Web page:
Wine, Food & Good living 2013 -event – what went wrong?

27 10 2013

Champagne -

Wine, Food and Good living -event is now in turning point. Either it has to find larger hall to take all “private” visitors on Saturday and lower prices or focus on business visitors.

First you have to line up to give your coat to checkroom (2.50€ per person). Then you queue for tasting class (8€ – 5€ = 3€ when you return your class) and tasting tickets (2,50€ each). All tasting -seminars are fully booked up well beforehand the event starts; so no guided tasting this year.

Of course vintage champagnes are expensive but it is odd that you have to pay 6 tasting tickets (15€) for 4cl of noble drinks in the picture. Of course Dom Perignon Vintage 2004, which had arrived to Finland 2 days ago, is rare and valuable drink but if we think that Taittinger Brut Reserve (2 tickets) tastes better you do not attract customers to purchase this vintage champagne.

To crown it all, most champagnes ran out of the champagne bar 1/2 hours before event closed. From about 20 champagnes about 4 of the most non-drinkable wines were left. What a waste for the tickets.

To summarize, too crowded and too expensive. Only way to carry on is to modify Saturday; either expand floor space on that day or try change visitor profiles. Hopefully the first one because event itself is marvelous experience on a rainy autumn day.

PS. Forgot to mention that entrance costs 18€. As we had free tickets did not remember that cost at once.



4 responses

28 10 2013
the drunken cyclist

Sounds like a drag for sure….

28 10 2013

Yes, compared to what was available

27 10 2013

I have to completely agree with this. It is also such a small space for such an event. I felt claustrophobic. The demand for a broad variety and high quality of wines has out grown the event. Also I feel that it is a little bit too expensive.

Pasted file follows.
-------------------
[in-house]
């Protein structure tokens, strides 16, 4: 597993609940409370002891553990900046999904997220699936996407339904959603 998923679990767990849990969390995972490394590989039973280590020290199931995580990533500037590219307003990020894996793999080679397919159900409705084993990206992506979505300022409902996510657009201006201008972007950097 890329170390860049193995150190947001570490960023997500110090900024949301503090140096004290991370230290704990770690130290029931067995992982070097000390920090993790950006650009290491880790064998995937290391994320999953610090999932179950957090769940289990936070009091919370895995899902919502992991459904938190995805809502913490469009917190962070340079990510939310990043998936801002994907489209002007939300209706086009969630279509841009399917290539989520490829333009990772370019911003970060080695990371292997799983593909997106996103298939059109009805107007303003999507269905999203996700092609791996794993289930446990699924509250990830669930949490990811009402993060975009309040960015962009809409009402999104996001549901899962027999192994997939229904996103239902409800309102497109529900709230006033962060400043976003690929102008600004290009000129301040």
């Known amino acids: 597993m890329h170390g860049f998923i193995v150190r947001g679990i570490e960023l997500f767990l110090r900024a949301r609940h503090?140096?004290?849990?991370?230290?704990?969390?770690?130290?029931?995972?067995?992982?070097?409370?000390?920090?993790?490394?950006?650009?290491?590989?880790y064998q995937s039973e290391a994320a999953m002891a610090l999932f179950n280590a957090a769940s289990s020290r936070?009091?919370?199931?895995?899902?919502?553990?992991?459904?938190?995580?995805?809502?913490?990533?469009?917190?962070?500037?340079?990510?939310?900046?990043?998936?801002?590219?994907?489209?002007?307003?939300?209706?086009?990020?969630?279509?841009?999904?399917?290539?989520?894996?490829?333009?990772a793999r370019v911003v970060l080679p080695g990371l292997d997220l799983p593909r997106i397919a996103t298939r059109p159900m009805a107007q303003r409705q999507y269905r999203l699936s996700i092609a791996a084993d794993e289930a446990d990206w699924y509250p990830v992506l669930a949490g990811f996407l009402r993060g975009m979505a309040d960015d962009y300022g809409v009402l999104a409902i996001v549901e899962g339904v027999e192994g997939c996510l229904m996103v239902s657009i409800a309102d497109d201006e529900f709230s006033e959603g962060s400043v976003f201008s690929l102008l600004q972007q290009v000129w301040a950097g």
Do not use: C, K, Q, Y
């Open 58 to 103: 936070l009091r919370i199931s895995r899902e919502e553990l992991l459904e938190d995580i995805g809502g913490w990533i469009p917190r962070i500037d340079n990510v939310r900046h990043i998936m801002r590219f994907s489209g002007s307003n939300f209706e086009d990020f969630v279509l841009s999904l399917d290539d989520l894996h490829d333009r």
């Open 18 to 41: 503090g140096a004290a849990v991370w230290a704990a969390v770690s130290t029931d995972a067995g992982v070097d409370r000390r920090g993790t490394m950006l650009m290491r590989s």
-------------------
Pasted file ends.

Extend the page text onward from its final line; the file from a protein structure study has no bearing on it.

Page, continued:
You have a good point about the event having to decide wether it should focus on a broader market of consumer enthusiasts or to aim more for a smaller market of professional and ‘hardcore’ enthusiast. If they choose to cater to a wider audience they should continue hosting during this event. There are so many people who are just casual tasters and wine enthusiasts who are looking for a nice wine to drink at home. Since there are 4 other events happening at the same time, which have very little to do with wine you have people there who are maybe interested in wine but not willing to invest so much money. On the other hand if they wish to expand and better the quality of wines then they should invest in a bigger space and perhaps think about hosting a totally independent event like Helsinki Beer Fest has done. That would ensure that those attending are there for the sole purpose of tasting good wines. Then they would be able to focus on a better selection and those people would be more willing to invest in better quality wines.

Great article!

28 10 2013

Thanks for reading post and great that you agreed with my opinion. Event was mostly like big bar but of course provided opportunity to taste wines which can not be purchased at Alko.

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